Title: Risk of acute childhood leukaemia in Sweden after the Chernobyl reactor accident
Source: PubMed – NCBI
Author: Hjalmars U, Kulldorff M, Gustafsson G. (Department of Paediatrics, Central Hospital, Ostersund, Sweden)
Date: BMJ. 1994 Jul 16;309(6948):154-7
OBJECTIVE: To evaluate the risk of acute childhood leukaemia in areas of Sweden contaminated after the Chernobyl reactor accident in April 1986. [...]
MAIN OUTCOME MEASURES: Risk of leukaemia in areas contaminated after the Chernobyl accident compared with the rest of Sweden and in the same areas before the accident.
RESULTS: During six and a half years of follow up after the accident the odds ratio for acute leukaemia was 0.9 in highly contaminated areas (> or = 10 kBq/m2) compared with the same areas before the accident. For the subgroup acute lymphoblastic leukaemia in children aged under 5 years at diagnosis the odds ratio was 1.5. For all cases diagnosed after May 1986 in highly contaminated areas compared with areas of low contamination the odds ratio was 0.9. For acute lymphoblastic leukaemia in children aged under 5 years at diagnosis the odds ratio was 1.2 in highly contaminated areas compared with areas of low contamination. [...]
Radiation covers 8pc of Japan, Australian Broadcasting Corporation, November 22, 2011:
Japan’s science ministry says 8 per cent of the country’s surface area has been contaminated by radiation from the crippled Fukushima nuclear plant.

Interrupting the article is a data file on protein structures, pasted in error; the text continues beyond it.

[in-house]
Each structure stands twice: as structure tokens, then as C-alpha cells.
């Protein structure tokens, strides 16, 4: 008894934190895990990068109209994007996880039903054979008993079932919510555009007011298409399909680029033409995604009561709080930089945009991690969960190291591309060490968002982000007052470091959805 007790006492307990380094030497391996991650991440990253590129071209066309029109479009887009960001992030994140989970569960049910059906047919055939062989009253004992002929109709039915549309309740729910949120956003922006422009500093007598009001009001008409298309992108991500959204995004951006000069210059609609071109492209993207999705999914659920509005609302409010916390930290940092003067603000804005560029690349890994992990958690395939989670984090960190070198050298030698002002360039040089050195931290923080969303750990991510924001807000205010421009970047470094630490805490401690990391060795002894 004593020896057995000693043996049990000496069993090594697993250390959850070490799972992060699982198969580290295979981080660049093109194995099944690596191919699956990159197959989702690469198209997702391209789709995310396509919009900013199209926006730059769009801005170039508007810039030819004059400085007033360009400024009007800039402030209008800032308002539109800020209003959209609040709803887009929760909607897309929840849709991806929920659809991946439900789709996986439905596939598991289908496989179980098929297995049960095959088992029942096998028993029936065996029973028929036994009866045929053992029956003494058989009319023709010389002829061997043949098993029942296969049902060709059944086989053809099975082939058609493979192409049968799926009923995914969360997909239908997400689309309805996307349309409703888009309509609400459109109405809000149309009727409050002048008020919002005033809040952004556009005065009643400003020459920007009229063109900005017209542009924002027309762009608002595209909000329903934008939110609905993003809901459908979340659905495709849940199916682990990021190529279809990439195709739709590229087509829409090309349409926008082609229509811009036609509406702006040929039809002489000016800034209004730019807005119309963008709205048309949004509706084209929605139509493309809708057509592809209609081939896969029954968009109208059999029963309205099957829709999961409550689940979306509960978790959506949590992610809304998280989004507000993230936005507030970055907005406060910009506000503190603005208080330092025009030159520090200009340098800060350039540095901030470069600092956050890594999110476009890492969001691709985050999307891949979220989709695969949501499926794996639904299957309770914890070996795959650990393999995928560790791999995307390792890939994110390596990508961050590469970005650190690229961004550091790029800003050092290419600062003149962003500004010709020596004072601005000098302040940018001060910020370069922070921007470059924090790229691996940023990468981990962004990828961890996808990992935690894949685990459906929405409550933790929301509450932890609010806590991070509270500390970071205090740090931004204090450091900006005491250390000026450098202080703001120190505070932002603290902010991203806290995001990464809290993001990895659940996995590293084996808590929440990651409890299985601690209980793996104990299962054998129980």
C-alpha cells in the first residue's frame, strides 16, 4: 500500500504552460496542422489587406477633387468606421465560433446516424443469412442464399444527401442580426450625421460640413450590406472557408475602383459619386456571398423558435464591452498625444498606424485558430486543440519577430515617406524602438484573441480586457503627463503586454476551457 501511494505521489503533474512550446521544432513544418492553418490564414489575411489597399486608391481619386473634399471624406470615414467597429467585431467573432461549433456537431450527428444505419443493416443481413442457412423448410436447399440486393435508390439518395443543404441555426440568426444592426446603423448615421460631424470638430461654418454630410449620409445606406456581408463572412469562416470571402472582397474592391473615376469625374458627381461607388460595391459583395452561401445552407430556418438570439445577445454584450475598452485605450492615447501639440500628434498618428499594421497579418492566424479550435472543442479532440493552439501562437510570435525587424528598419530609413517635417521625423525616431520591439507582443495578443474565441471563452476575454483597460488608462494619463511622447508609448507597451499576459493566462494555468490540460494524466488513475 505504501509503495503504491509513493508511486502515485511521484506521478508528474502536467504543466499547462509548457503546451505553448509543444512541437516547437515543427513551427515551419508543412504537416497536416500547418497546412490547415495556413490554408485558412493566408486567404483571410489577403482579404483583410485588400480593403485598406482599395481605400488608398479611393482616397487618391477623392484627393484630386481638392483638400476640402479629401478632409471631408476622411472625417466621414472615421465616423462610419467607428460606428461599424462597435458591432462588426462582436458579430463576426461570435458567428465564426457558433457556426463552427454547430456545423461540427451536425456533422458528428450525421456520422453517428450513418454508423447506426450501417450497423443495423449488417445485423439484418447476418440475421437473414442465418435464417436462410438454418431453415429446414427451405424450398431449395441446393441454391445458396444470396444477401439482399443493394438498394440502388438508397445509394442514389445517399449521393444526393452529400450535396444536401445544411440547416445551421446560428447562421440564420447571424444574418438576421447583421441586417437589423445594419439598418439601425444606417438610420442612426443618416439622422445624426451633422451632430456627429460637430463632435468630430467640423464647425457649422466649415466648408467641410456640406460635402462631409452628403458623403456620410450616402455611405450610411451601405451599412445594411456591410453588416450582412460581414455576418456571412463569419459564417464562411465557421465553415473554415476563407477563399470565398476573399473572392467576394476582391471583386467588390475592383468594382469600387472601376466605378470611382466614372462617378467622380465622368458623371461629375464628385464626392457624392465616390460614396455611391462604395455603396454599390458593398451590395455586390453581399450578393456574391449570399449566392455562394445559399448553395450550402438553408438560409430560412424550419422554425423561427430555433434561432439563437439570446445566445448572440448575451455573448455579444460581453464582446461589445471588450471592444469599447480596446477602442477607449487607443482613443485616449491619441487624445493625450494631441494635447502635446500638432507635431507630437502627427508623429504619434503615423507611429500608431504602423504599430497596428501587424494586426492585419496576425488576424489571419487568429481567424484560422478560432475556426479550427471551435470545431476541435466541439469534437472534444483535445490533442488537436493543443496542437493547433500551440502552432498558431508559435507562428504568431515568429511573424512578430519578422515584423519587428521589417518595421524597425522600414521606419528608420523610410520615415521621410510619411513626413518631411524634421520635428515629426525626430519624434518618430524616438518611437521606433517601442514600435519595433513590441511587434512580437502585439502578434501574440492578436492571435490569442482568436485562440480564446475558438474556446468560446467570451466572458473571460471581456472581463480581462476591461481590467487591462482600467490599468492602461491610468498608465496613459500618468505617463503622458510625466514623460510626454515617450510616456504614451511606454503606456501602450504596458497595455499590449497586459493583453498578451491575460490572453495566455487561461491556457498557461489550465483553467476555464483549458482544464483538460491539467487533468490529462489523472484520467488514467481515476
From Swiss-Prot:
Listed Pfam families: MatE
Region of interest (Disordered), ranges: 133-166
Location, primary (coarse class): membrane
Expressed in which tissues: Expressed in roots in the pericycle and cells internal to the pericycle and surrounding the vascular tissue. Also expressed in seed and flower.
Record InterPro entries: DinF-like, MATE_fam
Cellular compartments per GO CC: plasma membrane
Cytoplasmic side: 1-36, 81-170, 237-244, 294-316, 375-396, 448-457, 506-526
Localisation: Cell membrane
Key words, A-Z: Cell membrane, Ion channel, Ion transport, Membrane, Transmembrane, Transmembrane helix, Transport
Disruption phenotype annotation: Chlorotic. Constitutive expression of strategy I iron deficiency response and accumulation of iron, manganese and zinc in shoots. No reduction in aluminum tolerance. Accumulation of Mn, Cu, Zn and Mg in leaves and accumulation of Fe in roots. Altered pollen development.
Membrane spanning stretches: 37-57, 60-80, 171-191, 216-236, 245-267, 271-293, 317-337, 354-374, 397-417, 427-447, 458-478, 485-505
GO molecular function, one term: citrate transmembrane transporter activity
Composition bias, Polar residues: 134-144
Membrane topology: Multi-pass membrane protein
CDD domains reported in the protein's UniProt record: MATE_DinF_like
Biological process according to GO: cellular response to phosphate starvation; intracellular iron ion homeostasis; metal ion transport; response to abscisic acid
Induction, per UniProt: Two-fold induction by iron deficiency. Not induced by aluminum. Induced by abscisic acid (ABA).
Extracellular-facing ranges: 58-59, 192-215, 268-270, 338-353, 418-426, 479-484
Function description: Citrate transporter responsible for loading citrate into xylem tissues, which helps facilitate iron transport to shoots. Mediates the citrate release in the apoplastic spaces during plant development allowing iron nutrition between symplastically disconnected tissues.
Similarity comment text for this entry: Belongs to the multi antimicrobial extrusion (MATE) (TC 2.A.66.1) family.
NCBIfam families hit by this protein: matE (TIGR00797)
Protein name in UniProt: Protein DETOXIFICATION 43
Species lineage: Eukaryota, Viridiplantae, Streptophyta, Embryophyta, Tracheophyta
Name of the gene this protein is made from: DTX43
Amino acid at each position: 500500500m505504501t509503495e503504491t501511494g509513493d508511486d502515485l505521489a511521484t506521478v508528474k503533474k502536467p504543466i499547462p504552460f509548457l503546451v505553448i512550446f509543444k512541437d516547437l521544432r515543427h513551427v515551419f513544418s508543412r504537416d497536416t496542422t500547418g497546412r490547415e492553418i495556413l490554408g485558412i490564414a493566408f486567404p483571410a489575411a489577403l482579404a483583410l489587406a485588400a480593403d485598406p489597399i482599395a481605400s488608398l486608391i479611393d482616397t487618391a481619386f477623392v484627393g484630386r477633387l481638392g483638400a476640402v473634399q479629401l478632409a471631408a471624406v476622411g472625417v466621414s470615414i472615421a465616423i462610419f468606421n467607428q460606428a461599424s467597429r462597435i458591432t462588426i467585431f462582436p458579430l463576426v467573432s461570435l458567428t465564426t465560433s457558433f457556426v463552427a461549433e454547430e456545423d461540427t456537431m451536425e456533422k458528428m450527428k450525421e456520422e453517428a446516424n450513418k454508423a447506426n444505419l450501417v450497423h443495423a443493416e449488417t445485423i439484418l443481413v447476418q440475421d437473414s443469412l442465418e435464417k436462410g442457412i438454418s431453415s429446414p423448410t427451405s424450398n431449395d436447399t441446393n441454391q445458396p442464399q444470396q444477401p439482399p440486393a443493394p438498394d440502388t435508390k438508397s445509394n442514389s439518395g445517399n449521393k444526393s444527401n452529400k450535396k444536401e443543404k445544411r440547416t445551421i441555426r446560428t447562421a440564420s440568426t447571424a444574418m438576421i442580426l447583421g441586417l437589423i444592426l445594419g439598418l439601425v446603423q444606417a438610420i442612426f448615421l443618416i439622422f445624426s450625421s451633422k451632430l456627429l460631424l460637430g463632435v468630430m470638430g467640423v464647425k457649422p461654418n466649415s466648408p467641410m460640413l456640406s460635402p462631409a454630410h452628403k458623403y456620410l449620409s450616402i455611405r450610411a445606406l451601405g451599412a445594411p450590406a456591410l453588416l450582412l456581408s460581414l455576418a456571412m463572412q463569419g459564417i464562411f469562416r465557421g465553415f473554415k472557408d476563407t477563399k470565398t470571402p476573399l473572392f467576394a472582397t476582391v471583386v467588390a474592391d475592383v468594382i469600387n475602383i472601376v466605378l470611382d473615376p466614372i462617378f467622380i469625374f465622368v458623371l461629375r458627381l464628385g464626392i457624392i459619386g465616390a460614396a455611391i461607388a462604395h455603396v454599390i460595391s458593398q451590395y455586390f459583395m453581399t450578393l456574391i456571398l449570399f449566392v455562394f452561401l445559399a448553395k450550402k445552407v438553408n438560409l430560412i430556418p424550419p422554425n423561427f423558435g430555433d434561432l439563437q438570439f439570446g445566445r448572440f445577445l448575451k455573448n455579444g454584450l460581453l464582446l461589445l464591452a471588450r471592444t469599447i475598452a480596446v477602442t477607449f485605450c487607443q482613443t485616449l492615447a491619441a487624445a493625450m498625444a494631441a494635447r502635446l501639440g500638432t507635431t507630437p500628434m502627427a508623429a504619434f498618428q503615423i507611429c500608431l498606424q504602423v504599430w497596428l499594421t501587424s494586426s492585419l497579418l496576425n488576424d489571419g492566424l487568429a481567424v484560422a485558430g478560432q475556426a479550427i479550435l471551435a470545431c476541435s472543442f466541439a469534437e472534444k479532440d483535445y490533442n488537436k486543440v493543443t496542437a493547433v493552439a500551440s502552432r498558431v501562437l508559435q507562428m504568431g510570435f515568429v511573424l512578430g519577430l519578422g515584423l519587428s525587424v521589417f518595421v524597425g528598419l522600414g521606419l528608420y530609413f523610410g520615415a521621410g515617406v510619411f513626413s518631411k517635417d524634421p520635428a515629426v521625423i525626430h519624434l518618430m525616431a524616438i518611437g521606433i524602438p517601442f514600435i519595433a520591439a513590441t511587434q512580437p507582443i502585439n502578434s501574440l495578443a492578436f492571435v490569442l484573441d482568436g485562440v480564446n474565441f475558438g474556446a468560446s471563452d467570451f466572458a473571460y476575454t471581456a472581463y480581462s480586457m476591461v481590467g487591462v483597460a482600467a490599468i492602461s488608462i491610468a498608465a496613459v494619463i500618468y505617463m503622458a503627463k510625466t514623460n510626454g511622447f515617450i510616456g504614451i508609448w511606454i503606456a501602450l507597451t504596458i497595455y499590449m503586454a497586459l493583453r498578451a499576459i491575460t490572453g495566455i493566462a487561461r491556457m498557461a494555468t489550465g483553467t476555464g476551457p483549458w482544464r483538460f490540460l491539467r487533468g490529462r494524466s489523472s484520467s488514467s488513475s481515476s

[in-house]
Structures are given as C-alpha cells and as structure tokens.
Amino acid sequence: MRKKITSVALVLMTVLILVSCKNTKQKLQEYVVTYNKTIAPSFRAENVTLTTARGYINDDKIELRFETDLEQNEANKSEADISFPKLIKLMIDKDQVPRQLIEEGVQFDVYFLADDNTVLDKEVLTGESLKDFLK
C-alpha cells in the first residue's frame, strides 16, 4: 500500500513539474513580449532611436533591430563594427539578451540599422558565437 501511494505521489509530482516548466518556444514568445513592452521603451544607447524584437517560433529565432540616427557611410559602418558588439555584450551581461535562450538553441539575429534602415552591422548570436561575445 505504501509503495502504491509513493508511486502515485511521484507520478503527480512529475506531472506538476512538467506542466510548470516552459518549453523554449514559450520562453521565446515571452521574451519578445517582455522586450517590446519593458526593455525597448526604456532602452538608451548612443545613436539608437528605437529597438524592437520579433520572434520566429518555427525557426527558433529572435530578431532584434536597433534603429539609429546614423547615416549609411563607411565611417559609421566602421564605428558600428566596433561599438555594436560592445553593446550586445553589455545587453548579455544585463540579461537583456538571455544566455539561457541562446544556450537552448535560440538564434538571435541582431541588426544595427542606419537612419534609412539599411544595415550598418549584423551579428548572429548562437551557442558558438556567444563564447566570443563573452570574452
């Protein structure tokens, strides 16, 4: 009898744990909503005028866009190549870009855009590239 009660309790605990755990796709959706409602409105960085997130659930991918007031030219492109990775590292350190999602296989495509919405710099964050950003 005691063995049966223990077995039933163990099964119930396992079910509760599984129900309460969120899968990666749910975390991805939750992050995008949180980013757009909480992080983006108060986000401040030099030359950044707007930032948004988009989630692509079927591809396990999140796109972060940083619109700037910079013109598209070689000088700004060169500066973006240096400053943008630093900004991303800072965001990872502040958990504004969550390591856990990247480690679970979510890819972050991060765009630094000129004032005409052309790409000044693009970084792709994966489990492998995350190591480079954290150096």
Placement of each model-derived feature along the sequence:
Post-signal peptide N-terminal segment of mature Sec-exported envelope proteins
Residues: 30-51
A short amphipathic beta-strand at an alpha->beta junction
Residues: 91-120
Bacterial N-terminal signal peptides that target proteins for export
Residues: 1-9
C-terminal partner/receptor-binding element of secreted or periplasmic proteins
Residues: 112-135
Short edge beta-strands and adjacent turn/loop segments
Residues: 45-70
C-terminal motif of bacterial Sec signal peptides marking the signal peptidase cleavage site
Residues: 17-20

It says more than 30,000 square kilometres of the country has been blanketed by radioactive caesium.
The ministry says most of the contamination was caused by four large plumes of radiation spewed out by the Fukushima nuclear plant in the first two weeks after meltdowns.
The government says some of the radioactive material fell with rain and snow, leaving the affected areas with accumulations of more than 10,000 becquerels of caesium per square metre. [...]
A PBS segment yesterday discussed the current drug shortage for treating childhood leukemia, particularly acute lymphoblastic leukaemia (referenced in study above). The shortage is attributed to the shutdown of a factory.
Title: What’s Causing a Shortage of Pediatric Cancer Drugs?
Date: Feb 15, 2012
JEFFREY BROWN: And finally tonight, a drug shortage problem and its impact on a critical treatment for childhood leukemia. Ray Suarez has our update.
RAY SUAREZ: There have been more than 250 drugs declared in short supply in the past year. The latest worries centered around a pivotal one called Methotrexate. Used to treat several kinds of cancers, Methotrexate is considered essential in battling acute lymphoblastic leukemia among adults and especially among children.
ALL is the most common form of cancer in children, affecting about 3,500 kids in the U.S. each year. Late last year, one of four U.S. manufacturers of the drug was forced to shut down a plant [...]
Watch What’s Causing a Shortage of Pediatric Cancer Drugs? on PBS. See more from PBS NewsHour.
Published: February 16th, 2012 at 8:34 am ET
- EU-funded Study: Over 20,000 square miles of Japan potentially contaminated from Fukushima releases — Home to 43 million people (MAP) February 13, 2014
- Tens of thousands still living today in highly contaminated areas around Fukushima plant — Effectively abandoned by gov’t -Nuclear Expert April 23, 2012
- Video: 10 million people in Japan have been abandoned in high radiation areas after Fukushima — Kanto Region extremely contaminated March 13, 2013
- NHK: Concern over highly contaminated fish caught 100 kilometers from Fukushima plant — Most radioactive marine product detected in over 2 years (VIDEO) July 13, 2013
- Japan Study: “Contamination levels are possibly higher than Chernobyl” from Fukushima disaster — Human health must be carefully and continuously monitored — Highly contaminated river soil in Tokyo metropolitan area October 22, 2013